Seafarer jobs and the shipping industry are changing and more and more ship owners and ship managers are seizing the opportunity to use future technologies to become innovators within the sector.
In addition, shipping operators want to attract investment and that means they are looking at everything from achieving zero emission shipping by 2030 to the Internet of Things to expedite communication between various machines and technologies to tech such as augmented reality (AR), mixed reality (MR), and virtual reality (VR) for training seafarers.
And while some more traditionally minded souls in the maritime industry may decry these technologies as ‘not as good as the real thing’ – which of course there is an argument for -, it still stands that using reality based training can provide a safe environment for cadets and more experienced seamen and women alike to learn or brush up their skills in.
Virtual, augmented & mixed reality and seafarer training
Seafarer training needs to evolve if it is to engage a new generation of seamen and women. Fewer young people are seeing shipping as a viable career choice and this is one reason why new technologies need to be adopted – whether that’s for training, maritime recruitment, crew change and crew management, creating better candidate engagement, and of course, actually operating and navigating vessels.
In an industry that is traditional by nature, the younger generation of seafarers is bucking the trend. After all, these are people who have grown up with computers in schools and the home as the norm. Not having a smartphone at their disposal and not being constantly switched on, plugged in and unconnected is unthinkable.
And even though older generations (and self-aware millennials and Generation Z) will point out that attention spans are growing shorter, it is certainly true that many in these demographics are willing and able to play video games for hours on end!
So if there is a shift in the way we communicate and get our information, and younger generations have lower attention spans but ARE happy to game much of their free time away, doesn’t this mean that it makes sense for the maritime industry to change the way it attracts and develops new crew members to fill jobs at sea?
And so this is why future technologies and concepts such as gamification, and virtual, mixed, and augmented reality are slowly becoming the new benchmark in training for seafarer jobs.
The beauty of AR, MR or VR technology is that situations that crew members may come up against are created – or augmented – in a digital world. This provides seafarers with the ability to physically practise and become adept at tasks in a safe environment which would present risks in reality. It’s marine tech at its finest and it’s making jobs at sea safer.
What’s the difference between virtual, augmented and mixed reality?
Three alternate realities with three significant differences, each one becoming more impressive than the last. So let’s stop for a moment and briefly address the difference between augmented reality, virtual reality and mixed reality. In basic terms:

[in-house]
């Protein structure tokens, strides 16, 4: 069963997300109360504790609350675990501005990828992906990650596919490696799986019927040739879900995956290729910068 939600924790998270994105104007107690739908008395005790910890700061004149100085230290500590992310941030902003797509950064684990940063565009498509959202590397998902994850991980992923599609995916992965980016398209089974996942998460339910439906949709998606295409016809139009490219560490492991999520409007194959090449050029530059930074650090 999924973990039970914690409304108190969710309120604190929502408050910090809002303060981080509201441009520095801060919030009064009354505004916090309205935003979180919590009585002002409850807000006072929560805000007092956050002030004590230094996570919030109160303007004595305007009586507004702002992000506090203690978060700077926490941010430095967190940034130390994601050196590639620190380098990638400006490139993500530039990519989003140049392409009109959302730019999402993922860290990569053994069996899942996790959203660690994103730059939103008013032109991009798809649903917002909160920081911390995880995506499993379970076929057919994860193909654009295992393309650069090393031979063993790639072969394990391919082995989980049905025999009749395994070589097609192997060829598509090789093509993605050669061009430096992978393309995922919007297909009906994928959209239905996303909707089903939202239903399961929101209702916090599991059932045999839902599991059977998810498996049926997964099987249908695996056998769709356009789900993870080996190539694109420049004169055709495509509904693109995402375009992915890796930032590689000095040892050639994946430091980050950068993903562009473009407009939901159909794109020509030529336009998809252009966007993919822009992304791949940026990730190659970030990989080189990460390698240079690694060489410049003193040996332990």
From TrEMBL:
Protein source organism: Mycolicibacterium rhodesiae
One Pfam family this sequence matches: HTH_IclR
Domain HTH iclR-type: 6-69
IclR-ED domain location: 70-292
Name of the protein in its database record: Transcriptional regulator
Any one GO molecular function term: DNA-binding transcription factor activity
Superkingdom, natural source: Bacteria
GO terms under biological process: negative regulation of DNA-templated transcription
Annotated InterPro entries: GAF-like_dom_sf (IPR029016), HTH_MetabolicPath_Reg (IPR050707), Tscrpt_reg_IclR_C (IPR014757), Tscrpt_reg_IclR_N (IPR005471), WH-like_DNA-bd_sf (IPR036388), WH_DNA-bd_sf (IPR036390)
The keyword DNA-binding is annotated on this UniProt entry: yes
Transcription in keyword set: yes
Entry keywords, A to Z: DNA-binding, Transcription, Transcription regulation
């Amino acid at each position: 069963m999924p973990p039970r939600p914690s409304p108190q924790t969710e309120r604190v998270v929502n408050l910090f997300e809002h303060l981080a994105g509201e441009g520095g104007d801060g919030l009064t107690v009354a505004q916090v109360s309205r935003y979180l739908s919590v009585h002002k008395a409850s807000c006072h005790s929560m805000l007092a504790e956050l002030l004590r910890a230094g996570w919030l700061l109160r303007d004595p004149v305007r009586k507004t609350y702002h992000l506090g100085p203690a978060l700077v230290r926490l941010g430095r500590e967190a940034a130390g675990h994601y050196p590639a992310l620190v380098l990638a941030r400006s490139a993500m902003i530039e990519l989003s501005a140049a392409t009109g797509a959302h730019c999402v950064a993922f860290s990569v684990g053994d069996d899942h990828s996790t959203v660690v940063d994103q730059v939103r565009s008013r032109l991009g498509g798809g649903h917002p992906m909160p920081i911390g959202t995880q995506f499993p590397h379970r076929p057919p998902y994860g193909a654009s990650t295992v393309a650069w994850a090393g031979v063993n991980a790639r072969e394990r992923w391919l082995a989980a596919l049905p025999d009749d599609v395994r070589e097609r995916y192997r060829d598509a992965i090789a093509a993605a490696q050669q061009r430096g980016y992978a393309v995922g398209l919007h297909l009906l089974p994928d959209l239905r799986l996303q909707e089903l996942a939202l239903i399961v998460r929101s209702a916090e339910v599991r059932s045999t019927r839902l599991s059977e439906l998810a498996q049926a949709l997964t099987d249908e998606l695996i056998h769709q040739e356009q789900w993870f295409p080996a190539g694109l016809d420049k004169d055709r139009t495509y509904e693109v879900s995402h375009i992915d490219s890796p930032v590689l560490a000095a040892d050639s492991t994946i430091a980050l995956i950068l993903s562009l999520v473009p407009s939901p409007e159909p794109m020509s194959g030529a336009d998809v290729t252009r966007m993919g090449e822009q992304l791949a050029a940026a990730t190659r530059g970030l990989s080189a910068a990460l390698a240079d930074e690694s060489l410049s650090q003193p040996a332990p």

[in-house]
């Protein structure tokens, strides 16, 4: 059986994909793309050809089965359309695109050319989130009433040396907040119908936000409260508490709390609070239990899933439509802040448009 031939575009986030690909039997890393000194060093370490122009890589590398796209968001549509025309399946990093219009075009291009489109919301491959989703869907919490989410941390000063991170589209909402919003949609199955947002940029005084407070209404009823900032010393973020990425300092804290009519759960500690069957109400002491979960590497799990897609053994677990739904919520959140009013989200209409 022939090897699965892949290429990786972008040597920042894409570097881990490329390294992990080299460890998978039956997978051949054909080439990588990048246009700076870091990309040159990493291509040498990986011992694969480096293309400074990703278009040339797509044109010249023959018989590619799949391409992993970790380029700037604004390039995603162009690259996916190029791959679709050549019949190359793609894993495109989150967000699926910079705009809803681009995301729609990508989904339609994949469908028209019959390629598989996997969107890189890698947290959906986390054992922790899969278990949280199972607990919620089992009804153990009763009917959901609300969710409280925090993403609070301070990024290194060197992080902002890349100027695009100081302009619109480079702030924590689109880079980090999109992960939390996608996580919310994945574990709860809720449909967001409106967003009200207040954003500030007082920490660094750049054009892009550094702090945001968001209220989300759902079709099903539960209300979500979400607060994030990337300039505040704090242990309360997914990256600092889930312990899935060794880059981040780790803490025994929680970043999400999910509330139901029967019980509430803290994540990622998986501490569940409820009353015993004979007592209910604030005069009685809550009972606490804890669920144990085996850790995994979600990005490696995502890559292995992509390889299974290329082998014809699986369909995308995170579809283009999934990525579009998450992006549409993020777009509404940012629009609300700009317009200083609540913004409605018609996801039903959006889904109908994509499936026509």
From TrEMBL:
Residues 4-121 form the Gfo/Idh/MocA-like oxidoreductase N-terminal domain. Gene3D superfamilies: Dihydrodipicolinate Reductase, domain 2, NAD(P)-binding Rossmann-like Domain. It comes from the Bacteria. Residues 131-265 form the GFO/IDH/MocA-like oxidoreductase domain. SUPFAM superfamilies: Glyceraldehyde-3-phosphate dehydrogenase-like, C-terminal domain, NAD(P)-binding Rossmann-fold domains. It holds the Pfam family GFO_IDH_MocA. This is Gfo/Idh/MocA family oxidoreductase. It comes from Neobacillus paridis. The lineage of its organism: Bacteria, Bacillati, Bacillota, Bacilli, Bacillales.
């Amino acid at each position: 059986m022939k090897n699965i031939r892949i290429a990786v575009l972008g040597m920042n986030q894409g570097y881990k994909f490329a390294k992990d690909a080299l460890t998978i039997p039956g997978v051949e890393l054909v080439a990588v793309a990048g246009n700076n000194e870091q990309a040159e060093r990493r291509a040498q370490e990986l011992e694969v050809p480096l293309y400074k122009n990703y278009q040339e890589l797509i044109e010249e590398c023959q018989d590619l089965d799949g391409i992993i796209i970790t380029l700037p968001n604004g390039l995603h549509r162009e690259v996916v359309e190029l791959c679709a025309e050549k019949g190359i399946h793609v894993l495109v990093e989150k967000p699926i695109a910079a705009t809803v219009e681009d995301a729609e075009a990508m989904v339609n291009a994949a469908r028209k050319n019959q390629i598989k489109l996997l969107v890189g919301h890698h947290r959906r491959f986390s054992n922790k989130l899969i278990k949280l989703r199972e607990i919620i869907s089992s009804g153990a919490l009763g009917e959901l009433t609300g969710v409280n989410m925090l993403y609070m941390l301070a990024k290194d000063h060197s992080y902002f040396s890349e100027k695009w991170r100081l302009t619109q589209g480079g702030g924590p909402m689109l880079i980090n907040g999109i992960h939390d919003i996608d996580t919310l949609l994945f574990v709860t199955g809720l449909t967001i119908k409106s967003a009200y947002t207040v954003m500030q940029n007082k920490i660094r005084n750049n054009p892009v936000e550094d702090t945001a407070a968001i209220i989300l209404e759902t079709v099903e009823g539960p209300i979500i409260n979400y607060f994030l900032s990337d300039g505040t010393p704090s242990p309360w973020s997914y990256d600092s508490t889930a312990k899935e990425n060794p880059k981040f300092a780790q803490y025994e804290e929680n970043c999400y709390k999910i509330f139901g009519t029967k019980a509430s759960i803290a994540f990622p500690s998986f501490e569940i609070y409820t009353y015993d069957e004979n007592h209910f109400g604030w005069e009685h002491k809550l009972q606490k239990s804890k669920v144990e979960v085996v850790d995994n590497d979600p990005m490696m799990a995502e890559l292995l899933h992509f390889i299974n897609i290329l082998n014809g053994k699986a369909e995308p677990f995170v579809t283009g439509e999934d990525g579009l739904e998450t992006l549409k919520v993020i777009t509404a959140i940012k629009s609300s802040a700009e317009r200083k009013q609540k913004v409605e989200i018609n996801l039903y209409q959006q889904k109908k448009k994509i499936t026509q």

- Virtual reality allows a person to interact within a computer-generated, artificial three-dimensional environment. An example of virtual reality is Sony PlayStation’s VR games that are played wearing a headset to immerse the player in another world.
- Augmented reality overlays or adds digital objects or elements into a real world live view. An example of augmented reality is furniture giant Ikea’s mobile app, Place, which allows you to view their furnishings in your own home. Another example is Pokemon Go – which surely needs no further introduction!
- Mixed reality combines (mixes) the real world with virtual worlds to create a new environment that includes both real and digital objects. Not only can these objects co-exist, but they can also interact in real time. An example of MR is the OnSight software which was developed by Microsoft in conjunction with NASA. The software allows scientists and engineers to virtually ‘walk’ on Mars while they still have their feet planted on actual Earth.
Thanks to the emergence of VR, AR and MR, there are now a number of different possibilities for simulator-based seafarer training and these are now standard at a number of maritime training institutions. The huge benefit of these, of course, is that they enable existing seafarers and new recruits to accrue new skills and competencies without endangering their (or anyone else’s) safety.
And not only is simulator training and education safer, but it is also more accessible and relatively cheap when compared to traditional seafarer training methods.
Attracting a new generation to a life at sea
Millennials and Gen Z are often much maligned in the media but the fact is, if the maritime industry, or indeed ANY industry, wants to attract the next generation of workers, they need to communicate with them on their own level. Millennials and Generation Z are, generally speaking, fans of technology – they’ve grown up playing with it and they use it in their daily lives.
Therefore it stands to reason that learning a trade such as seafaring is made more attractive by embracing tech such as virtual, augmented and mixed reality and all that the experience of learning in that environment can afford.
And not only do VR, AR, MR, gamification and simulators provide a more engaging learning experience for young seafarers, but they will also help to build their confidence through the risk free environment they afford.
Seafaring might be a timeless vocation but if it is to attract a new generation of individuals who envisage their calling as being working in jobs at sea, the ways to engage with and educate them must move with the times. And that’s where future technologies and marine tech come into the picture.
Martide for Marine Startups